On the summits of the tepuis, despite the hostile environment (especially on Mount Roraima), there is a wide variety of plants, ranging from 20–30 centimeters (7.9–11.8 in) to 4 meters (13 ft) high. In the turbulent rivers and in the many waterfalls, plants that grow on the rocks have peculiar carpets that are green or tan. These are Spermatophyte plants of the family Podostemaceae. From 600–1,200 meters (2,000–3,900 ft) above sea level one begins to observe the submontane evergreen forests ombrophilous, upper-middle-high (20–30 meters [66–98 ft]) thick and well developed understory. From the 1,200–2,000 meters (3,900–6,600 ft) at the foot of the cliffs within large tepui grow ombrophilous montane forests evergreens, including low tepui forests above 1,700 m. These form dense communities of medium to high altitudes, with undergrowth closed, sometimes with many epiphytes. At the summit of the Auyantepui and the Massif Chimantá there are several kinds of plants that do not grow anywhere else in the world, such as gender Ayensua (family Bromeliaceae), Tepuia (Ericaceae), Mallophyton (Melastomataceae), Coryphothamnus and Aphanocarpus (Rubiaceae), and finally Arimantaea and Achnopogon (Asteraceae). Many of the rarest species are found on exposed sandstone formations open. Furthermore, in shady and protected beneath the rocks and small cavities, are achieved endemic ferns of the genus Hymenophyllopsis and Pterozonium. The flora has been one of the most important attractions for botanical studies, found insectivorous plant communities belonging to the genera Heliamphora, Drosera and Utricularia. These live in the thin layer of soil resting directly on the bedrock.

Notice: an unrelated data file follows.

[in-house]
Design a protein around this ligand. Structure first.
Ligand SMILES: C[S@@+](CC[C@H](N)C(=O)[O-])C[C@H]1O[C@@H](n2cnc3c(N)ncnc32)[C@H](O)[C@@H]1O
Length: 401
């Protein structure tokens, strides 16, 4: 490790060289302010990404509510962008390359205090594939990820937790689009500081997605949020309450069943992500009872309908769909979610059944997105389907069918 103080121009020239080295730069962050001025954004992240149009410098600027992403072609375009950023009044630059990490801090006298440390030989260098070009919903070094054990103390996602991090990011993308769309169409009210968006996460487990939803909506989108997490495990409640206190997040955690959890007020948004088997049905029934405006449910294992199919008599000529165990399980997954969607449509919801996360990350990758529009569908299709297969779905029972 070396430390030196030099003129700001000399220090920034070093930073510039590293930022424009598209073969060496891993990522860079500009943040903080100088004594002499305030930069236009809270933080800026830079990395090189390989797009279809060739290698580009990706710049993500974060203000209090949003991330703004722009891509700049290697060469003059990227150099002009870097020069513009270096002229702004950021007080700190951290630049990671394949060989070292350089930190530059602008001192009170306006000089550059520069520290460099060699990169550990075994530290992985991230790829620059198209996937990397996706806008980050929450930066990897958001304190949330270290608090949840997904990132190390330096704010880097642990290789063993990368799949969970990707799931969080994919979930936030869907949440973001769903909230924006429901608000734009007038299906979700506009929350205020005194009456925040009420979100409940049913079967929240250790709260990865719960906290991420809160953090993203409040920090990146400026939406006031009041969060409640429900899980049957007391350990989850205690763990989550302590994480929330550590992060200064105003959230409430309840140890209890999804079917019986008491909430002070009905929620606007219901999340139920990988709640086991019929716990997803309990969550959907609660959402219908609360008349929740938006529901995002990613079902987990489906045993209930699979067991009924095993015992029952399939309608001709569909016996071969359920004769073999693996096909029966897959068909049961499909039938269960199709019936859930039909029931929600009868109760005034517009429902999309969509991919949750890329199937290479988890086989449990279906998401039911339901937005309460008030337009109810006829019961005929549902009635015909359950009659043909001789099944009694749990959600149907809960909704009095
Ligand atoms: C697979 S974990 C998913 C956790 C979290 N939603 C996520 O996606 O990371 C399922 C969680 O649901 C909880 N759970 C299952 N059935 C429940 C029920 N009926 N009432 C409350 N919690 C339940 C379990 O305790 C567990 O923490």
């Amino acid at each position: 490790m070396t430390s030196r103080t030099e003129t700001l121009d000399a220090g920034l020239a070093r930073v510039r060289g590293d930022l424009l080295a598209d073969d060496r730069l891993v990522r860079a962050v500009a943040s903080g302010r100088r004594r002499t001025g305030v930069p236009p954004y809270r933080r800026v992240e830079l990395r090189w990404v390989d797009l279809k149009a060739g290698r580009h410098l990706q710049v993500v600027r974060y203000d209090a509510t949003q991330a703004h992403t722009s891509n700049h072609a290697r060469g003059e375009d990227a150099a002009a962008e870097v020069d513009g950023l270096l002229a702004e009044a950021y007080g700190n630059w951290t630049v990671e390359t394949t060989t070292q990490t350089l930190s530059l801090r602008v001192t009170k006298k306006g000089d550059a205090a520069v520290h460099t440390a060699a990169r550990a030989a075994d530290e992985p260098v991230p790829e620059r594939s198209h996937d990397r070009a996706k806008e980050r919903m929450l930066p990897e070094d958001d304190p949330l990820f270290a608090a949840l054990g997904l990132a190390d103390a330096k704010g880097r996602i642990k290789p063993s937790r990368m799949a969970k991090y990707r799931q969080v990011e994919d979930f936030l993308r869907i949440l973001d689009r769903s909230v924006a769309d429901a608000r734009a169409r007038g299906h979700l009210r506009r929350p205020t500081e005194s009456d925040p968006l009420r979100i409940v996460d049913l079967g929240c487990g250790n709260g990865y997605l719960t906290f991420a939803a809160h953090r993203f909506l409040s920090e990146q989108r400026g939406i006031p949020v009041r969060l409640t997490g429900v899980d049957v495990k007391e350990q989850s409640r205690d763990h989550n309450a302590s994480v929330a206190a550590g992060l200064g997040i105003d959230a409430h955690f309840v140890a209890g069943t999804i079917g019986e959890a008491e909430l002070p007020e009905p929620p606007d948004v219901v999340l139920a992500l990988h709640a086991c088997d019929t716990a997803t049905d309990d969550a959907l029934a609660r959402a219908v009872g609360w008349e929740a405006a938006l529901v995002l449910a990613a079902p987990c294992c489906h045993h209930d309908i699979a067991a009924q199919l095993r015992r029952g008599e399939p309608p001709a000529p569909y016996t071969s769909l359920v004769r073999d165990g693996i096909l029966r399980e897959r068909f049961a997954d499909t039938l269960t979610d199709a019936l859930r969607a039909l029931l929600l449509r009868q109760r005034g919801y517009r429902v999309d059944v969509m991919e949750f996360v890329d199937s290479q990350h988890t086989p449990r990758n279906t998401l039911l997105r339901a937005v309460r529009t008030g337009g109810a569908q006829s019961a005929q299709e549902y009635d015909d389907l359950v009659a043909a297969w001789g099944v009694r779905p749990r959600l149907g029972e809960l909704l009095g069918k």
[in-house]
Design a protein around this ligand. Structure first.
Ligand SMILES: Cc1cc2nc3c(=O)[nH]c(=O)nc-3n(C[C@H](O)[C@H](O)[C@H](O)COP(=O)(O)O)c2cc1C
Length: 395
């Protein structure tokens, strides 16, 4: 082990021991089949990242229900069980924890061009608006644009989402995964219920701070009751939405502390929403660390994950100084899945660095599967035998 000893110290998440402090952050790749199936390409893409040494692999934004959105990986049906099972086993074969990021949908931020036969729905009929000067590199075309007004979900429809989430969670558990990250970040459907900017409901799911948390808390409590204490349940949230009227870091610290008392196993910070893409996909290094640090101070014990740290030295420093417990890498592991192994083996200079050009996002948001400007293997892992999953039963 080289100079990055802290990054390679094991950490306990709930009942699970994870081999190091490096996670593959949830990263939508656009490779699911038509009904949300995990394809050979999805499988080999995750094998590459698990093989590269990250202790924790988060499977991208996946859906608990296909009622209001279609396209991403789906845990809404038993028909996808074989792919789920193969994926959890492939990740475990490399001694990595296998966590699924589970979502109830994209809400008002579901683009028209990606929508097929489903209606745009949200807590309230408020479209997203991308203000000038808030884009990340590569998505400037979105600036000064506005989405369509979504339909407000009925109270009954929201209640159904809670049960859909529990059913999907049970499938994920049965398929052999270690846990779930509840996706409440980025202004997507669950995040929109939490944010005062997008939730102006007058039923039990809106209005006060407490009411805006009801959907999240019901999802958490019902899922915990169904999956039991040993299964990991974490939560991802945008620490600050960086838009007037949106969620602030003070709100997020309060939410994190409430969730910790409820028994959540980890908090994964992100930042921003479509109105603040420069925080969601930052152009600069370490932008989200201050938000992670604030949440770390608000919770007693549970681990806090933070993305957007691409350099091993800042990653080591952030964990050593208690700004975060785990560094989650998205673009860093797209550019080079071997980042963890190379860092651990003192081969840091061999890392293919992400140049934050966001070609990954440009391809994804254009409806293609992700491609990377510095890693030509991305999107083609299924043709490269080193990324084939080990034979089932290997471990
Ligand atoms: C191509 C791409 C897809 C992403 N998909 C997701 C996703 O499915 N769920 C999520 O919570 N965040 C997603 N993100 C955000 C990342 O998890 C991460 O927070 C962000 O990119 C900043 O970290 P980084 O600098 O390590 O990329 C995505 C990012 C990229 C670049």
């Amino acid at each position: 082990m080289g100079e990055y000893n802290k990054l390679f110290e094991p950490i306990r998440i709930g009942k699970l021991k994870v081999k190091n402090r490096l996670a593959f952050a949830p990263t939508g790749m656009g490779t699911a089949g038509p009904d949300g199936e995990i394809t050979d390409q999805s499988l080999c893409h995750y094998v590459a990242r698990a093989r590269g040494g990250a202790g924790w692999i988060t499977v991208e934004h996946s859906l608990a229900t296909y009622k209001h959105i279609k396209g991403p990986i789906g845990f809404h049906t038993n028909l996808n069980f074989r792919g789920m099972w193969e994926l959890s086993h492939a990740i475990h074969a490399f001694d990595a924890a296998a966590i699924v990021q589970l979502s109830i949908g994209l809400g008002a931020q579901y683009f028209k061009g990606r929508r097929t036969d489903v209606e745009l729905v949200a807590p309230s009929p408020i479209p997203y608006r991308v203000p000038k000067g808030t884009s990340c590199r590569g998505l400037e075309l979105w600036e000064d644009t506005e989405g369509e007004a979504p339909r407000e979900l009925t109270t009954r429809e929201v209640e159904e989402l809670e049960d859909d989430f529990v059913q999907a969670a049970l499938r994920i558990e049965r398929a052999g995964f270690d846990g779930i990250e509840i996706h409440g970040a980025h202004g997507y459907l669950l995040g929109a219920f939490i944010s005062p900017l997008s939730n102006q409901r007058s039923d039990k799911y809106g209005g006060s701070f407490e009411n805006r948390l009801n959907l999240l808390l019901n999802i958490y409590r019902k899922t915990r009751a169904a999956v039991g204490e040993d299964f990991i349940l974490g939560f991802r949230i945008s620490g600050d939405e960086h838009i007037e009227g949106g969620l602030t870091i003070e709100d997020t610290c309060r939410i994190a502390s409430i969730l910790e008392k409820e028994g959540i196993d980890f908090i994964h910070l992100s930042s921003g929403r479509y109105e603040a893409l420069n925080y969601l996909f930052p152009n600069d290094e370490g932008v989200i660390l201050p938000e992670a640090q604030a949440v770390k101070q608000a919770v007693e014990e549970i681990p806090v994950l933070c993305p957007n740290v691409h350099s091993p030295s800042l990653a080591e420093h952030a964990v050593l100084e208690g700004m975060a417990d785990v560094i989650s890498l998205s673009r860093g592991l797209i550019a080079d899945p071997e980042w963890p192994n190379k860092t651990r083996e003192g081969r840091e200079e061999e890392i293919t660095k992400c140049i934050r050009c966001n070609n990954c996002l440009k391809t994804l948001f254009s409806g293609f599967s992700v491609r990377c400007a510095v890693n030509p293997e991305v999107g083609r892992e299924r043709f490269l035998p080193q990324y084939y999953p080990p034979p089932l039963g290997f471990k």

Despite the enormous variety of species living in the Gran Sabana, is not common for visitors to find animals on the road to El Dorado to Santa Elena de Uairén, because there prevails the open forest, and these animals prefer the islands forest, riparian forests, and jungles that are in the mountains at the foot of the tepuis.